Behind the curves and corners of MoMA’s Engineer, Agitator, Constructor: The Artist Reinvented exhibition, mural-sized photographic wallpapers reveal themselves in moments of surprise. These wallpapers contextualize the early-20th-century works of art and design in the exhibition, offering glimpses of the past, inviting us to imagine what it was like to have lived in another place and time and—and to envision how the worlds within those photographs shaped the artists whose works are on view.
This aspect of the exhibition’s design started out as a small archival photograph, which I scanned to make 100 times or more its original size. All of the scratches and thumbprints become amplified and larger than life, interrupting the viewer’s entry into the image. I digitally retouch these blemishes, working inch by inch in a process that takes days of detailed work to create a more legible, more inviting reproduction.
While digitally cleaning pixels on several of the images we planned to reproduce for the exhibition walls, I found multiple instances of masks on the faces of sidewalk promenaders. I probably wouldn’t have given them much thought had I not been wearing a mask myself as I erased each tiny mark and looked at every spec of dust on the image. The connection of past and present was immediate. I alerted the curatorial team to the discovery, which led my collaborator Jane Cavalier to investigate the date of one photograph in particular.
–Claire Corey, Production Manager, Creative Team
Coffee and tea billboard advertisements for the Dutch company Van Nelle, designed by Jacob (Jac.) Jongert, Amsterdam, c. 1930. Masked figures are circled.
To research art and design meant for streets, train stations, shop windows, and other public places in early-20th-century Europe and Russia, the curatorial team looked closely at public spaces themselves. We gathered historical images documenting how the posters, advertisements, magazines, and other works in the show were originally installed on city walls or in storefronts. Enlarged images in the exhibition provide context for visitors, revealing forces that shaped artists as they developed these works, from the speed of modern transportation, to urban bustle, to the dynamism of signage integrated with architecture, competing for attention.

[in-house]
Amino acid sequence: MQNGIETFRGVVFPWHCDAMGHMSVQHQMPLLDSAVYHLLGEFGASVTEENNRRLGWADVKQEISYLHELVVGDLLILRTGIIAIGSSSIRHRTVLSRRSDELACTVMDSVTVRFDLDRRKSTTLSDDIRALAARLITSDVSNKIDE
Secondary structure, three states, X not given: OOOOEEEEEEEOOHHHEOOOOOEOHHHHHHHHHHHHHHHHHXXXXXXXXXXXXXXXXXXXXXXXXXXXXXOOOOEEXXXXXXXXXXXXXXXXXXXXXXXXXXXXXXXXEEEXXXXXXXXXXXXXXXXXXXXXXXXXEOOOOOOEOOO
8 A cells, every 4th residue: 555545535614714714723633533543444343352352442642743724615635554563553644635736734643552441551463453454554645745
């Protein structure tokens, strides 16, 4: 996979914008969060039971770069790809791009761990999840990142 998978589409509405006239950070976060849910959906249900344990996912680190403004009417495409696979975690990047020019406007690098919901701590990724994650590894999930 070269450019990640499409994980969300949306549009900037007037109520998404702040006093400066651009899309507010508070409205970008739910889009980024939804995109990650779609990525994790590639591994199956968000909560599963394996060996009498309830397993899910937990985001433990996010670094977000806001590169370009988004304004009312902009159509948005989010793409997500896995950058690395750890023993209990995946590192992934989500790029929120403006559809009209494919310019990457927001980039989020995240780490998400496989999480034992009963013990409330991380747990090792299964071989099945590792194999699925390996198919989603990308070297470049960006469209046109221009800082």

When Claire discovered the masked figures in this photograph of Jacob (Jac.) Jongert’s advertisements for coffee and tea produced by the Dutch company Van Nelle, I immediately wondered if the image might stem from the early 1920s, amid a late wave of the 1918 influenza pandemic in Holland. Jongert lost his first wife to the outbreak in 1918, just a couple of years before he joined Van Nelle’s advertising department. By the late 1920s, Jongert had departed from the highly decorative Wendigen style, which was the major influence on Dutch graphic design at the time, to promote a functionalist approach that privileged clarity of communication. The advertisements we see on the wall of the building in this photograph reflect this later style in their playful yet concise typographic arrangements, use of highly legible sans serif letters, and high contrast, allowing us to date the photograph to ca. 1930. But this presented a dilemma: the Spanish flu subsided in the early 1920s, so why would people still be wearing masks almost a decade later?
Detail of the masked figures
In my research, I have found a number of images showing the persistence of mask-wearing as a preventative measure against the flu for decades following the 1918 pandemic. When I first saw the masked couple walking beneath Jongert’s advertisements, I couldn’t help but feel solidarity with them—a sense that we’ve been here before. This gave me hope during the dark winter days of the pandemic. Now, as spring carries glimmers of life with a vaccine, this photograph has become my touchstone, a helpful reminder when I struggle to accept that a return to life without fear of COVID-19 will be a gradual one.
–Jane Cavalier, Curatorial Assistant, Department of Drawings and Prints
A couple wearing masks with disinfecting cotton wool in order to protect themself against a flu infection, England, October 14, 1932
Engineer, Agitator, Constructor is on view through April 10, 2021, and is organized by Jodi Hauptman, Senior Curator, Department of Drawings and Prints, The Museum of Modern Art, New York, and Adrian Sudhalter, Consulting Curator, with Jane Cavalier, Curatorial Assistant, Department of Drawings and Prints, The Museum of Modern Art, New York.